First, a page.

Magazine article Health Facilities Management

ASHE Offers New Course on Commissioning

Magazine article Health Facilities Management

ASHE Offers New Course on Commissioning

Article excerpt

Commissioning a ship involves getting it ready for active service. A commissioned ship has been tested, and its crew has been trained. Any equipment or operational problems have been fixed. It is ready to become part of a high-performing fleet. Likewise, the commissioning process for buildings ensures that a facility operates as it is designed to operate. This process helps organizations achieve the results they expect when building a new facility or making changes to an existing facility.

In both commissioning processes, there are upfront costs. But the Navy wouldn't dream of putting a ship into active service without fully ensuring its performance. And those involved with building health care facilities also should realize that commissioning can yield a significant return on investment. The cost of not commissioning a building can be far more expensive than up-front costs.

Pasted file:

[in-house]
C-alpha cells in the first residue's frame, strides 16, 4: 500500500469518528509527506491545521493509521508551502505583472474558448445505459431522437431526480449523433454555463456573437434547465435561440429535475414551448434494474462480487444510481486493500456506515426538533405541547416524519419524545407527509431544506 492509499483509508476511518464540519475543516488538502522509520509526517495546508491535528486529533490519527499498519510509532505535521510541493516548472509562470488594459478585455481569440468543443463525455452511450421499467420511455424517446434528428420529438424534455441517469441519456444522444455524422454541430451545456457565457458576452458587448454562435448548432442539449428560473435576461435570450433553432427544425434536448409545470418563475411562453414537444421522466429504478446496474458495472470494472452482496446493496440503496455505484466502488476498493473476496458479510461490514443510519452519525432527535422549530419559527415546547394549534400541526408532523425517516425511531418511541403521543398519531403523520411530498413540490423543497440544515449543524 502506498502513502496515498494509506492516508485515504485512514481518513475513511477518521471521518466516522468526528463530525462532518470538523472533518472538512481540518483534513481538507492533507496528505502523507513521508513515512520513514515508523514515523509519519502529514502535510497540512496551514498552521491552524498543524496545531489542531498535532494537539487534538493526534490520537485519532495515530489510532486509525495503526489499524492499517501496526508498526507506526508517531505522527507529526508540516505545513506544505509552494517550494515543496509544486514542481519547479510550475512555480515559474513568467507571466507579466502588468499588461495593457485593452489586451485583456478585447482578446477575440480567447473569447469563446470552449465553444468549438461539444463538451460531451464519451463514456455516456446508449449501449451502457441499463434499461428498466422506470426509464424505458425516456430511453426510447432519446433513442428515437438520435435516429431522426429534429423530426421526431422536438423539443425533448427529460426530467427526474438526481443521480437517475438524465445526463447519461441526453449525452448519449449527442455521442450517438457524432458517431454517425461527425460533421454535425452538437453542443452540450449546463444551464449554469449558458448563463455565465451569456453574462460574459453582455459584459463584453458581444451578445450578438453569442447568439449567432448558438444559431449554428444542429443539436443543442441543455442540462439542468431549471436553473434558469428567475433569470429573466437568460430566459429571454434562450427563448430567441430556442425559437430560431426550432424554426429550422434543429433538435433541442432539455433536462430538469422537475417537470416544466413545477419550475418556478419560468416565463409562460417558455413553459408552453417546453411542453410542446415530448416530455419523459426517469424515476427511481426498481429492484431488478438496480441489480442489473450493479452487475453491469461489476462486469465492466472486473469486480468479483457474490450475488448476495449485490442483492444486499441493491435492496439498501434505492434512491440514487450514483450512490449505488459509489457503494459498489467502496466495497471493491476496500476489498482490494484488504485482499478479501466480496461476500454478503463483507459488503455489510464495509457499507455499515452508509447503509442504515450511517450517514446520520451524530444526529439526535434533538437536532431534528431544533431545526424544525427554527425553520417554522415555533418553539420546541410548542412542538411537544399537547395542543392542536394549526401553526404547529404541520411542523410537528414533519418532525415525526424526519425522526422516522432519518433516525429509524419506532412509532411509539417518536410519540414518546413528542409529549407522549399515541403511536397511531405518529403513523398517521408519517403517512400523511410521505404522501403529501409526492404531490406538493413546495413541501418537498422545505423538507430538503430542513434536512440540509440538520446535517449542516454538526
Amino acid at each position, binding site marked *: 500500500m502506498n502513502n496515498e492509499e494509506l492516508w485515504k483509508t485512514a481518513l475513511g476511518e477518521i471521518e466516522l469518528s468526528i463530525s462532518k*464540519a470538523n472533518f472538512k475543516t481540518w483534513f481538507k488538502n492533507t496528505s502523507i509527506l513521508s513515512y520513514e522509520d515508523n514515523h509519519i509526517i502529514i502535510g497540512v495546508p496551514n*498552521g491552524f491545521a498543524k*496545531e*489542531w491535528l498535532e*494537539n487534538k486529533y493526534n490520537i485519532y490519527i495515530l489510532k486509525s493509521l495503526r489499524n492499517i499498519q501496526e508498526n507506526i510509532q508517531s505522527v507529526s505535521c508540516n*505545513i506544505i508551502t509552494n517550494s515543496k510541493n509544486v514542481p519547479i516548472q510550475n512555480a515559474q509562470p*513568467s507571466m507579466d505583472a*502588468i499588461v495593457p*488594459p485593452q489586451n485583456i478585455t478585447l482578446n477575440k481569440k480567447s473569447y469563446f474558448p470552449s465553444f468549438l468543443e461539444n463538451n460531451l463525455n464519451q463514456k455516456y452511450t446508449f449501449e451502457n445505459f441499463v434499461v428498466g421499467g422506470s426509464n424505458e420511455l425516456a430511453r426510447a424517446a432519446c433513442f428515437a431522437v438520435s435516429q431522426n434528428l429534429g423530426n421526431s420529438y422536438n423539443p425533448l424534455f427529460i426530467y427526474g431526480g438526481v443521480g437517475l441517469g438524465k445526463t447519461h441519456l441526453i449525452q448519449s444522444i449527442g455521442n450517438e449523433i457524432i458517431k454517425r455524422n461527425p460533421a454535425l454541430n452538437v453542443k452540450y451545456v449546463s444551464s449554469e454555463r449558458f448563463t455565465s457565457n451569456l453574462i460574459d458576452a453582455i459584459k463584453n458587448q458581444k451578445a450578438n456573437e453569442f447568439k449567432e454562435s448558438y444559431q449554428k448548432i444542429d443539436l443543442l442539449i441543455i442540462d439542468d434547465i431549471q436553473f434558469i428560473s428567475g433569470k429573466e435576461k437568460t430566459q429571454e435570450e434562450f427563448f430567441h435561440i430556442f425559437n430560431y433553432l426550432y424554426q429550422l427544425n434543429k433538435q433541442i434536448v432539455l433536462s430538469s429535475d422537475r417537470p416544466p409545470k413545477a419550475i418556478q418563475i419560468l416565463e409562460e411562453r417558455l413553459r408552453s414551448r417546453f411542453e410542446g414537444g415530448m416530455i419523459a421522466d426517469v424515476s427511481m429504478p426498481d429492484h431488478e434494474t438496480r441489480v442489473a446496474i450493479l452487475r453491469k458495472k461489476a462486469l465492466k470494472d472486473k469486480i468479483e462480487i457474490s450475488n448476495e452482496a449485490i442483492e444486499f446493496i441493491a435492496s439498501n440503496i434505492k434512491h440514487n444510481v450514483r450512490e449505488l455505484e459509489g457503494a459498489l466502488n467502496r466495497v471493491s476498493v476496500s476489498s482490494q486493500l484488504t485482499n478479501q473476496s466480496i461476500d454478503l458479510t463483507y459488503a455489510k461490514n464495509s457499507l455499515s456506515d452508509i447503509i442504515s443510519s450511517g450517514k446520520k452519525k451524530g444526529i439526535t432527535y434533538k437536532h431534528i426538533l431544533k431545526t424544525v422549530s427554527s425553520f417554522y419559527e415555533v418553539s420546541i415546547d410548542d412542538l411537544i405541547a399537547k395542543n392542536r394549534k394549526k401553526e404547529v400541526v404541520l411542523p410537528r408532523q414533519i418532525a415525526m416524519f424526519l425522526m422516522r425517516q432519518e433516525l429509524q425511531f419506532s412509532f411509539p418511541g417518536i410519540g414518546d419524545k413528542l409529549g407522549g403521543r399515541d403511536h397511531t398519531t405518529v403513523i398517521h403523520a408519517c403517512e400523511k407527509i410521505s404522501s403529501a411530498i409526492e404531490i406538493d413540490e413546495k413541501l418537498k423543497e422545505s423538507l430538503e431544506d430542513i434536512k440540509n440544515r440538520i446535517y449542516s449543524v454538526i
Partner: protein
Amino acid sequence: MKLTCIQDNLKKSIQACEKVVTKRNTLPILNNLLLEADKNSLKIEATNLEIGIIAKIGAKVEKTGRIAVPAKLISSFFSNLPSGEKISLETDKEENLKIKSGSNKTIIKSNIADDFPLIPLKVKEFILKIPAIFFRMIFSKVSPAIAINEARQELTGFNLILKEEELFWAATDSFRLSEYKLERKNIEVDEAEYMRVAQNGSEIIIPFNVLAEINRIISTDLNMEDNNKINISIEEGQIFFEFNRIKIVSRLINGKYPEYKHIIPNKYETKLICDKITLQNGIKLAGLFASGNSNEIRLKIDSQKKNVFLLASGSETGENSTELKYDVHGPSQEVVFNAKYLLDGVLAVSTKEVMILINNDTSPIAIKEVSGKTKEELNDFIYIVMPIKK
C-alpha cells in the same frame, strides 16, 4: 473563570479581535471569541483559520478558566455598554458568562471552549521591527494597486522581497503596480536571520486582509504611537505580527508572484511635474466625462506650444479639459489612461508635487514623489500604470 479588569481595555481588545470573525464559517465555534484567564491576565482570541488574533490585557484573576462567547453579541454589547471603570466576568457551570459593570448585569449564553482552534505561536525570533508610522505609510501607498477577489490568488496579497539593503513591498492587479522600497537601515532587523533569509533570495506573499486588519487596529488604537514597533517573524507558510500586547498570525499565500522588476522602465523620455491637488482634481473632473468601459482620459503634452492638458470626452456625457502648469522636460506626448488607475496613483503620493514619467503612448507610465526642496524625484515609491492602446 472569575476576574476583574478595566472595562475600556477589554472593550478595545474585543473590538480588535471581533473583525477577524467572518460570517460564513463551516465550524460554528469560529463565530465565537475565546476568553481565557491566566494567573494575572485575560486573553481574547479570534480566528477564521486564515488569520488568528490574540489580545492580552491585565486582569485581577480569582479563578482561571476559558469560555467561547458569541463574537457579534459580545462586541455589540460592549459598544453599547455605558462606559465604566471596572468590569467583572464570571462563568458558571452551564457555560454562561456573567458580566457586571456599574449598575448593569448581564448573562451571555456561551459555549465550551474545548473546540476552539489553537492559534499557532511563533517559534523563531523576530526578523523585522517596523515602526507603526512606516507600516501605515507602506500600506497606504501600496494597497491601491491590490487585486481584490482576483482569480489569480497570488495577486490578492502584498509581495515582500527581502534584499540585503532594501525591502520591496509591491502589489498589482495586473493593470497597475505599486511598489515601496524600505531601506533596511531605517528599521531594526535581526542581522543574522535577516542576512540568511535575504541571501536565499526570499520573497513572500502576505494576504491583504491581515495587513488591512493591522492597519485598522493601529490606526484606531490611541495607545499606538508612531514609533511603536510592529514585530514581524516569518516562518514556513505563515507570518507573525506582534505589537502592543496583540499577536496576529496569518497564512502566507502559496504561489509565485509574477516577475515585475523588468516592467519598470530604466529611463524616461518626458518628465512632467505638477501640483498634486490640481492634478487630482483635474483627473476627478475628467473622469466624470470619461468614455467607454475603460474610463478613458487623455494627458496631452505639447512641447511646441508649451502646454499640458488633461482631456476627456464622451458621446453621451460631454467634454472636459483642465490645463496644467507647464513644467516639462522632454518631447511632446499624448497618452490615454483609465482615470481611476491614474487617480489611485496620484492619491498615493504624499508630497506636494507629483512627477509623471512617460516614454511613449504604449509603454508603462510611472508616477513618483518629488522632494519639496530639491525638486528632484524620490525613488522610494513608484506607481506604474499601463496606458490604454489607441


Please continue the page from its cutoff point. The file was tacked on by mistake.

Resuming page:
Still, making the business case for commissioning can be a challenge in today's economic climate. But a new educational program offered by ASHE explains how to advocate for the commissioning process and the value it brings to health care facilities.

The new course helps you to develop a business plan that will enable executive leaders to see the value commissioning brings and evaluate the return on investment. Case studies show how commissioning can help manage first costs, achieve the expected return on investment, meet the organization's strategic goals and provide sustained efficiencies. …

Search by... Author
Show... All Results Primary Sources Peer-reviewed

Oops!

An unknown error has occurred. Please click the button below to reload the page. If the problem persists, please try again in a little while.